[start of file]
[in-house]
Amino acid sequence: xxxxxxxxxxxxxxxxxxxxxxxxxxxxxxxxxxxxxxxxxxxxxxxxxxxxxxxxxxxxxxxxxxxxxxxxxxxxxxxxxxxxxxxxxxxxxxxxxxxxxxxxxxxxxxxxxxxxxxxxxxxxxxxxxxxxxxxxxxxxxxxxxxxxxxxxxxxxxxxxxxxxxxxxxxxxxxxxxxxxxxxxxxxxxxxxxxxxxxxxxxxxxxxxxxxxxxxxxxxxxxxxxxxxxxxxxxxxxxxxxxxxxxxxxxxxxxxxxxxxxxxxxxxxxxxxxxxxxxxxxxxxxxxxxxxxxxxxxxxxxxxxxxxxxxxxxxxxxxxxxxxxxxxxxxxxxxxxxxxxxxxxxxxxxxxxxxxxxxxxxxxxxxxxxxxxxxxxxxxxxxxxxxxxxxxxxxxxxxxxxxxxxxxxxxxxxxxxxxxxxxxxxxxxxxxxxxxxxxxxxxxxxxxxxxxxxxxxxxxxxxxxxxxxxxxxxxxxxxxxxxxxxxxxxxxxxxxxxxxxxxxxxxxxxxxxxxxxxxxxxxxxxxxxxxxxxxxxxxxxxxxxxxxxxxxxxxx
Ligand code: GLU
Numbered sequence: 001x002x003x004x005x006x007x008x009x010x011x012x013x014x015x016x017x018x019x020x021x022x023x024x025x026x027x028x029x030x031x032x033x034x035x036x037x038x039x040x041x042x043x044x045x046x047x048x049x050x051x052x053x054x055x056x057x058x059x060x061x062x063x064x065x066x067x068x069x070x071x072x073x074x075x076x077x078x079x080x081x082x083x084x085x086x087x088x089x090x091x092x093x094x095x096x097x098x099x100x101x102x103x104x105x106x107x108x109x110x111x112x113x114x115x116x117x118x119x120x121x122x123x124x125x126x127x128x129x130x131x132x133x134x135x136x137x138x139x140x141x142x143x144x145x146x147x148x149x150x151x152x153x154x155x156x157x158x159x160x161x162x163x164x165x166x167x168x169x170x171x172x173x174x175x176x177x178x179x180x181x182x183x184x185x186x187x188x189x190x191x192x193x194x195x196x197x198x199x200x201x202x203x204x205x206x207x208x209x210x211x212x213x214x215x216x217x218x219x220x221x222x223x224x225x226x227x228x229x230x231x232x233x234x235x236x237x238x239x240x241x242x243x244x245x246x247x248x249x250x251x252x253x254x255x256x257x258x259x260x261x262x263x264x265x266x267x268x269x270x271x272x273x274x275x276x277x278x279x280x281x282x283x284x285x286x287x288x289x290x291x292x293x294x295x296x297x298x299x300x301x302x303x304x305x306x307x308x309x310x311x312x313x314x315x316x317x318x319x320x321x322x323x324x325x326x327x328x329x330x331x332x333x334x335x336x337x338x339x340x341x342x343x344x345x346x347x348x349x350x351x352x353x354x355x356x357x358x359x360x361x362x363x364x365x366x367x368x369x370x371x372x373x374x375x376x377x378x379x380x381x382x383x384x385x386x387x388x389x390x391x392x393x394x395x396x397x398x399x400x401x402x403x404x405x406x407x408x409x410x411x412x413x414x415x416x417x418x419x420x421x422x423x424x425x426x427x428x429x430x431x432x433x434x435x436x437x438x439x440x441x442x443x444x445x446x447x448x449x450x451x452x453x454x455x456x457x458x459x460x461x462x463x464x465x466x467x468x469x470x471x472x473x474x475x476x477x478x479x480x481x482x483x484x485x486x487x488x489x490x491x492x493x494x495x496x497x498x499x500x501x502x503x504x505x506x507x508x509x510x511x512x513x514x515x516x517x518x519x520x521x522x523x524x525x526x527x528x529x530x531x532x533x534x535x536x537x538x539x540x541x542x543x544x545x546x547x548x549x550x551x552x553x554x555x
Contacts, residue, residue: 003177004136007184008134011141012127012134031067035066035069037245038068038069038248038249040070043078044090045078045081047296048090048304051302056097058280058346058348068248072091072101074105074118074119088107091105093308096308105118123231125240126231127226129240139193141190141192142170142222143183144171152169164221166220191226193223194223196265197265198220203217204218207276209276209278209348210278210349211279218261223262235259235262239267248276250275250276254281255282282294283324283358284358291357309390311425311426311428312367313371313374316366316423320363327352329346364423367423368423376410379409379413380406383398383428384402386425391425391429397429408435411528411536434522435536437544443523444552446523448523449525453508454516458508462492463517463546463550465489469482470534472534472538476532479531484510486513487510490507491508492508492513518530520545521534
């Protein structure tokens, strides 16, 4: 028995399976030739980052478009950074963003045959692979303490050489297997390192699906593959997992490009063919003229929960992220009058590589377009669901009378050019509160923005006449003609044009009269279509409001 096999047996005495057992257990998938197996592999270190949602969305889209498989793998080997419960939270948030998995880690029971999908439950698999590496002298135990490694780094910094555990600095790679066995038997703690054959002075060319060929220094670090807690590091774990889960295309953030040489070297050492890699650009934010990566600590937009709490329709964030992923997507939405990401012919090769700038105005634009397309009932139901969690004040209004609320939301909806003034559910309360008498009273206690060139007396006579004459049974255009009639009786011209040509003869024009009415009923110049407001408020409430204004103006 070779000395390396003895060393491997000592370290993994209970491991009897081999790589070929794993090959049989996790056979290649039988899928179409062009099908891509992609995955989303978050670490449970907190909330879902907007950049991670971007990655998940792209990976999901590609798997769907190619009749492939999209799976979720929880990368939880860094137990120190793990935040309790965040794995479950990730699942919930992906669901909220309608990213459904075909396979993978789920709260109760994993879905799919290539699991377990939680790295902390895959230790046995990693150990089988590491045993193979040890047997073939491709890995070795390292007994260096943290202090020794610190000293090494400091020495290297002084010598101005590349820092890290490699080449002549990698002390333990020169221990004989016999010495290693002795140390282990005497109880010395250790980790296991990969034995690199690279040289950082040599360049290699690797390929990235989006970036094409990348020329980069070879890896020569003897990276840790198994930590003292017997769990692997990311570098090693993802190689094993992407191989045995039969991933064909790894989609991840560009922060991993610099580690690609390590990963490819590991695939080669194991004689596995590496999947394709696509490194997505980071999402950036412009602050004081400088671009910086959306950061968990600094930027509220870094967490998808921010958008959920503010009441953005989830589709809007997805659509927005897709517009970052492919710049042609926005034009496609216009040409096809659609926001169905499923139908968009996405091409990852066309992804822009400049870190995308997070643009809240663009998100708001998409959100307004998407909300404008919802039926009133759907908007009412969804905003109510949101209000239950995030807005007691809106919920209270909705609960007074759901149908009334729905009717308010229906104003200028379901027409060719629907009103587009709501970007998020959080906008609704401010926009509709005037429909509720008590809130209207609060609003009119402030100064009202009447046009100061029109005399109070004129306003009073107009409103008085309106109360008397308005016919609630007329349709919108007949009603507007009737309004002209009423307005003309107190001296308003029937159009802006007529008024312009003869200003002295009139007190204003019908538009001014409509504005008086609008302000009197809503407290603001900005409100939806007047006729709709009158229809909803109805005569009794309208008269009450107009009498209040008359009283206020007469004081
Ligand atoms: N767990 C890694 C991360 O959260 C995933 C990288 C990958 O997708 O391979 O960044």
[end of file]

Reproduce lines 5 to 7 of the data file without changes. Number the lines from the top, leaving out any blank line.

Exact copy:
Contacts, residue, residue: 003177004136007184008134011141012127012134031067035066035069037245038068038069038248038249040070043078044090045078045081047296048090048304051302056097058280058346058348068248072091072101074105074118074119088107091105093308096308105118123231125240126231127226129240139193141190141192142170142222143183144171152169164221166220191226193223194223196265197265198220203217204218207276209276209278209348210278210349211279218261223262235259235262239267248276250275250276254281255282282294283324283358284358291357309390311425311426311428312367313371313374316366316423320363327352329346364423367423368423376410379409379413380406383398383428384402386425391425391429397429408435411528411536434522435536437544443523444552446523448523449525453508454516458508462492463517463546463550465489469482470534472534472538476532479531484510486513487510490507491508492508492513518530520545521534
């Protein structure tokens, strides 16, 4: 028995399976030739980052478009950074963003045959692979303490050489297997390192699906593959997992490009063919003229929960992220009058590589377009669901009378050019509160923005006449003609044009009269279509409001 096999047996005495057992257990998938197996592999270190949602969305889209498989793998080997419960939270948030998995880690029971999908439950698999590496002298135990490694780094910094555990600095790679066995038997703690054959002075060319060929220094670090807690590091774990889960295309953030040489070297050492890699650009934010990566600590937009709490329709964030992923997507939405990401012919090769700038105005634009397309009932139901969690004040209004609320939301909806003034559910309360008498009273206690060139007396006579004459049974255009009639009786011209040509003869024009009415009923110049407001408020409430204004103006 070779000395390396003895060393491997000592370290993994209970491991009897081999790589070929794993090959049989996790056979290649039988899928179409062009099908891509992609995955989303978050670490449970907190909330879902907007950049991670971007990655998940792209990976999901590609798997769907190619009749492939999209799976979720929880990368939880860094137990120190793990935040309790965040794995479950990730699942919930992906669901909220309608990213459904075909396979993978789920709260109760994993879905799919290539699991377990939680790295902390895959230790046995990693150990089988590491045993193979040890047997073939491709890995070795390292007994260096943290202090020794610190000293090494400091020495290297002084010598101005590349820092890290490699080449002549990698002390333990020169221990004989016999010495290693002795140390282990005497109880010395250790980790296991990969034995690199690279040289950082040599360049290699690797390929990235989006970036094409990348020329980069070879890896020569003897990276840790198994930590003292017997769990692997990311570098090693993802190689094993992407191989045995039969991933064909790894989609991840560009922060991993610099580690690609390590990963490819590991695939080669194991004689596995590496999947394709696509490194997505980071999402950036412009602050004081400088671009910086959306950061968990600094930027509220870094967490998808921010958008959920503010009441953005989830589709809007997805659509927005897709517009970052492919710049042609926005034009496609216009040409096809659609926001169905499923139908968009996405091409990852066309992804822009400049870190995308997070643009809240663009998100708001998409959100307004998407909300404008919802039926009133759907908007009412969804905003109510949101209000239950995030807005007691809106919920209270909705609960007074759901149908009334729905009717308010229906104003200028379901027409060719629907009103587009709501970007998020959080906008609704401010926009509709005037429909509720008590809130209207609060609003009119402030100064009202009447046009100061029109005399109070004129306003009073107009409103008085309106109360008397308005016919609630007329349709919108007949009603507007009737309004002209009423307005003309107190001296308003029937159009802006007529008024312009003869200003002295009139007190204003019908538009001014409509504005008086609008302000009197809503407290603001900005409100939806007047006729709709009158229809909803109805005569009794309208008269009450107009009498209040008359009283206020007469004081
Ligand atoms: N767990 C890694 C991360 O959260 C995933 C990288 C990958 O997708 O391979 O960044």